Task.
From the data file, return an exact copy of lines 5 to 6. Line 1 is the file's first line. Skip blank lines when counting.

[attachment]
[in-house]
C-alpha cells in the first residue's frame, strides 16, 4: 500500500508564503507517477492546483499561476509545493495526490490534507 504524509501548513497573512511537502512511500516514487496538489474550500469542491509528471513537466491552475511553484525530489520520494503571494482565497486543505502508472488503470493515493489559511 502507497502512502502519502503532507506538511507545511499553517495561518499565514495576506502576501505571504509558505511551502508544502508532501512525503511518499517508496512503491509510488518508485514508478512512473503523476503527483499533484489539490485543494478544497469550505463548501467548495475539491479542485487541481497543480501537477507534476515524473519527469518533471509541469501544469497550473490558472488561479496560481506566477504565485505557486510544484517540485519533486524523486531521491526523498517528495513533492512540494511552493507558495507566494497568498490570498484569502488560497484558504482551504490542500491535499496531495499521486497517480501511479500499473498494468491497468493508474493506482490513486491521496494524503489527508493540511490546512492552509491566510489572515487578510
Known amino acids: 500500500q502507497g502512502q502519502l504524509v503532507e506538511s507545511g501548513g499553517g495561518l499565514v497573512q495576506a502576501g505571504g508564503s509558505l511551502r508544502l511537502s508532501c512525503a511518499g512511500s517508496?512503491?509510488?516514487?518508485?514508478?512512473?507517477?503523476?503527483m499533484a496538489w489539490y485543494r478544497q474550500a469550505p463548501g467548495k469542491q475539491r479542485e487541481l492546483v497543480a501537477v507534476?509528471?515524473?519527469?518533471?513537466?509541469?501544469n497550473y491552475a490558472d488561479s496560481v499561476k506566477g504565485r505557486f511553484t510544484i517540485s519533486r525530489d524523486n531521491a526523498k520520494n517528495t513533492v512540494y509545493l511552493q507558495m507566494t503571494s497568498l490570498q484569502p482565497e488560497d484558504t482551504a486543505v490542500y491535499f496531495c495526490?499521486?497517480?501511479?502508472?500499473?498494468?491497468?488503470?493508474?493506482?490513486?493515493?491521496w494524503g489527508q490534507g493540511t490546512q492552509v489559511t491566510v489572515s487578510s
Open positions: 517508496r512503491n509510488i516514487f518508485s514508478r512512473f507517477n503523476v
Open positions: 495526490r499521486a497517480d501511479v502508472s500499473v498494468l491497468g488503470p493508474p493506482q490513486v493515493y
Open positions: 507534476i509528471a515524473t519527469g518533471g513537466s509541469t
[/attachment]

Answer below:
Open positions: 495526490r499521486a497517480d501511479v502508472s500499473v498494468l491497468g488503470p493508474p493506482q490513486v493515493y
Open positions: 507534476i509528471a515524473t519527469g518533471g513537466s509541469t